Family Planning NSW said that the organisation suffered a ransomware attack on ANZAC Day

Anzac Day cyber attack compromises personal data of 8000 clients

  • The Australian
  • 12:52PM May 14, 2018

Remy Varga

The data of potentially 8000 people has been compromised after a reproductive and sexual health agency was targeted in an Anzac Day cyber attack.
Family Planning NSW said its databases containing the personal information of all clients who had contacted the agency via its website in the past two and a half years had been compromised in an email sent to clients this morning.
The sexual and reproductive healthcare service provider specialises in contraception, abortion, sexually transmitted infections, menstruation, menopause, gynaecological problems, cervical and breast screenings and men’s sexual health.

Artificially intelligent doctors can help Australia lead world in health

  • The Australian
  • 12:00AM May 15, 2018

Sian Powell

Australia should use some of the recently announced Medical Research Future Fund’s $240 million for frontier science and seize the opportunity of developing next-generation artificially ­intelligent healthcare systems, according to an Australian ­expert in the field.
Enrico Coiera, a health informatics expert at Macquarie University, said a possible scenario could include patients explaining their symptoms and their illness history to an artificially intelligent agent before the ­patients see a human doctor.
“You can tell them your problems and the reason you’re there, and by the time you see the doctor there’s already a summary of the issues,” he said.

Vic privacy commissioner: publishing de-identified citizen records is a ‘risky enterprise’

By Stephen Easton • 15/05/2018
Victorian privacy commissioner Rachel Dixon has commissioned critical advice for public servants from three Melbourne academics who have worked hard to raise awareness of the risk that individuals can be re-identified from open data publications.
Not so long ago, few public servants questioned the received wisdom that large sets of data about individuals were safe to release as long as enough personal information was removed. That has all changed in recent years, thanks largely to the work of Dr Vanessa Teague, Dr Chris Culnane and Dr Benjamin Rubinstein.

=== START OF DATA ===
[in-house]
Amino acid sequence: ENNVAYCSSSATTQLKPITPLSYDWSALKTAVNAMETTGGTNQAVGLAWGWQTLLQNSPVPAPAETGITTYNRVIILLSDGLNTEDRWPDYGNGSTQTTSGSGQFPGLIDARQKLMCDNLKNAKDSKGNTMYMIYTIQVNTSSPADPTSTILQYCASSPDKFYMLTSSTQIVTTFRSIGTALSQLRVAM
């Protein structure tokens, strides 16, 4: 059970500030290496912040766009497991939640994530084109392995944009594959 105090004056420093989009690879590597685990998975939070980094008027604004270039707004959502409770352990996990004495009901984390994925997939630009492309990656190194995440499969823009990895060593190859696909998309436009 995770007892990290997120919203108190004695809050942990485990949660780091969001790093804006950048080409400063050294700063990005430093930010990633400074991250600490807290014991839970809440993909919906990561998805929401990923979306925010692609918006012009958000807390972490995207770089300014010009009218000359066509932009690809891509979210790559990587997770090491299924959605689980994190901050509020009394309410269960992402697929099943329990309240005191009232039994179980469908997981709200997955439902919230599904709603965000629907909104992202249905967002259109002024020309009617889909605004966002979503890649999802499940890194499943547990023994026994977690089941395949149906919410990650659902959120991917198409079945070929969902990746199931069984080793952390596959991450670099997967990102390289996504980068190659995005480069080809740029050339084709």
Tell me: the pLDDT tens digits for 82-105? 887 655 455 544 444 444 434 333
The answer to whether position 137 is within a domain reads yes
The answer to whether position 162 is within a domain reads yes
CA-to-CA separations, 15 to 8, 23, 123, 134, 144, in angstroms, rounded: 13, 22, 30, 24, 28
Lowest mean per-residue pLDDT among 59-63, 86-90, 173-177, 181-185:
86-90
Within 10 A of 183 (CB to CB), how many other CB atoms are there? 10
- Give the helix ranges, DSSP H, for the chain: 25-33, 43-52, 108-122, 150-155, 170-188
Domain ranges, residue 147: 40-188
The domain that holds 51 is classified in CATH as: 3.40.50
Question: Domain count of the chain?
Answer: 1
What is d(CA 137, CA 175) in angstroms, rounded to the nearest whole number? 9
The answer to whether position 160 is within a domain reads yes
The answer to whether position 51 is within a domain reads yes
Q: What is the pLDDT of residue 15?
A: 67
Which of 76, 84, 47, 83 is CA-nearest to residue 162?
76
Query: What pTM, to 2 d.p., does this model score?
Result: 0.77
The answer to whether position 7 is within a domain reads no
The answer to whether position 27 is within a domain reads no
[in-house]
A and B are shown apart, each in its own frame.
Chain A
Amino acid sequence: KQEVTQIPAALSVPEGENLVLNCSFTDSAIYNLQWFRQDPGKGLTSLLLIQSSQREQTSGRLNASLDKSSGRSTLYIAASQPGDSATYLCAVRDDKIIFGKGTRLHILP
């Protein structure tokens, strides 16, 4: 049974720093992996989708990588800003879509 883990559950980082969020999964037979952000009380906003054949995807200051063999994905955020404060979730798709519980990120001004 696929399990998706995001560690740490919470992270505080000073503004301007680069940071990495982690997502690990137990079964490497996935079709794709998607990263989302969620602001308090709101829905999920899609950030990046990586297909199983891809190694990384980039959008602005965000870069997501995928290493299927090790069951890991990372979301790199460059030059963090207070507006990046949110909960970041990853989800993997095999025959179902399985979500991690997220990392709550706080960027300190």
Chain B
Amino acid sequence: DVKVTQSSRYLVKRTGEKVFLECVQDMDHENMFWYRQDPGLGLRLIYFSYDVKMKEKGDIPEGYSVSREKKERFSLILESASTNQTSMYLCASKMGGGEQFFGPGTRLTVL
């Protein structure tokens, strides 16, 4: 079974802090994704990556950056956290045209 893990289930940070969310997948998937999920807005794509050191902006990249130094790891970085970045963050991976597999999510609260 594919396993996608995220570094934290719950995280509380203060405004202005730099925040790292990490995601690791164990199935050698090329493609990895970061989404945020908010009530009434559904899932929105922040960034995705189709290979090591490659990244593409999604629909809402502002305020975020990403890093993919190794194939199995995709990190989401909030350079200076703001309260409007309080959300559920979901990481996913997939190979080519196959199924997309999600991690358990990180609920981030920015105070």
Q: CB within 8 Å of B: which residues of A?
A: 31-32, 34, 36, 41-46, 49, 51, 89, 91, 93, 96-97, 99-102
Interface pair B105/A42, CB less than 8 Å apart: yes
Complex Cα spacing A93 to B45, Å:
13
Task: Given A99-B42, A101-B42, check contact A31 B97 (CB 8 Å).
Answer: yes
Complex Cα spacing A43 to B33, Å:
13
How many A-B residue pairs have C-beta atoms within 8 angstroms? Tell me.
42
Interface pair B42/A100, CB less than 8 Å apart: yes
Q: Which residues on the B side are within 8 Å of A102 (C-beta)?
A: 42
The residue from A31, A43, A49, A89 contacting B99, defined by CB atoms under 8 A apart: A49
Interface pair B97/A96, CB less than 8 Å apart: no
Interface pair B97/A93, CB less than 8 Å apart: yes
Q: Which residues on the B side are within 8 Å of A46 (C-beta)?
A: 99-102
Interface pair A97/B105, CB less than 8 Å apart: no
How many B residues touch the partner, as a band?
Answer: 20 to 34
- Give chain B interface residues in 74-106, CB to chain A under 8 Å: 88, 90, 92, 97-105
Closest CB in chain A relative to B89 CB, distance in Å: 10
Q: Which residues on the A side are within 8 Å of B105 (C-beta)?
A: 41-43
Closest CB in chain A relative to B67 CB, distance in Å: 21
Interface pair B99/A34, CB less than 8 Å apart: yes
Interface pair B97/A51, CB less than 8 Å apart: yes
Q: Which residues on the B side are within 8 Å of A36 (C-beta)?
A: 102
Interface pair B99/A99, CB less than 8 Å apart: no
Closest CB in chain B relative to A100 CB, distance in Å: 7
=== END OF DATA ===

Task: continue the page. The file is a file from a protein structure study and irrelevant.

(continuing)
Their work has led to a ruling against the Department of Health, which agreed to an enforceable undertaking after the Office of the Australian Information Commissioner found it had breached the Privacy Act earlier this year, but did not leave any individual citizen’s identity “reasonably identifiable” for the purposes of the federal act (which is similar in this regard to state privacy laws).

Real-time monitoring on track

SafeScript is on track to be rolled out in October, however according to reports NSW is lagging a fair way behind

SafeScript, Victoria’s real-time prescription monitoring system, is still on track for implementation in October 2018.
To be developed by Fred IT Group, roll-out will reportedly be focused in a specific geographical location before being extended to the rest of the state in early 2019.
SafeScript will capture prescription records for all Schedule 8 medicines and Schedule 4 benzodiazepines, z-drugs and quetiapine.

Should you prescribe a health app?

Australian research suggests few of them actually work
10th May 2018
There is little evidence that health apps for managing chronic conditions do what they say they do, according to the results of an Australian study.
Four Bond University academics conducted an overview of systematic reviews to identify “prescribable”, standalone health apps suitable for use in a primary care setting.
Only 22 apps fit this description, but the reviewers caution that the risk of bias in the randomised controlled trials analysed was high and the overall quality of the evidence of effectiveness was very low.

HBF exits policy comparison websites

  • The Australian
  • 10:57AM May 14, 2018

Sarah-Jane Tasker